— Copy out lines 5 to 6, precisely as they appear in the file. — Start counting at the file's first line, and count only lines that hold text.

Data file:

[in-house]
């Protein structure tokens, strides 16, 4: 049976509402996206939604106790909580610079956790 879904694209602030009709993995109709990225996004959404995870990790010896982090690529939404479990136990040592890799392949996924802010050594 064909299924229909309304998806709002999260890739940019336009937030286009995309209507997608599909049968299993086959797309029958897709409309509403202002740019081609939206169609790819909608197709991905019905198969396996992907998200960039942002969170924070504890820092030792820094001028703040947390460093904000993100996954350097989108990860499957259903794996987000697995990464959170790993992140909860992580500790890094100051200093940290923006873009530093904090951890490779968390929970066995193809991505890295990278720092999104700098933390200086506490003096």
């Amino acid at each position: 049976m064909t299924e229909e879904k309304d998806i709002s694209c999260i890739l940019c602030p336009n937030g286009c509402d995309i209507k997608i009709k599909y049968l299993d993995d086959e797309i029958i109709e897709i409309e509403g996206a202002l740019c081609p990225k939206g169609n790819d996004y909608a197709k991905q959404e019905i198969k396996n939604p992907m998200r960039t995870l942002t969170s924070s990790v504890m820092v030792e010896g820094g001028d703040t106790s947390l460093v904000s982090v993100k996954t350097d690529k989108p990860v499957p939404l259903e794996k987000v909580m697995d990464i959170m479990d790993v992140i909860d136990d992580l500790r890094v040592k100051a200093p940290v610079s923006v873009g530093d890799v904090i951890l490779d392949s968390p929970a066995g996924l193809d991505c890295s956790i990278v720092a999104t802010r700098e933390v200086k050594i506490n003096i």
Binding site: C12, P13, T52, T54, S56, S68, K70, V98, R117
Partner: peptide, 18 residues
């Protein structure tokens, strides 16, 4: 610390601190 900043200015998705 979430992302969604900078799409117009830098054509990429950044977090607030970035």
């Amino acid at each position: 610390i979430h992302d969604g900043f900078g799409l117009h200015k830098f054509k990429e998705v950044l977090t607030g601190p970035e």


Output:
Partner: peptide, 18 residues
């Protein structure tokens, strides 16, 4: 610390601190 900043200015998705 979430992302969604900078799409117009830098054509990429950044977090607030970035």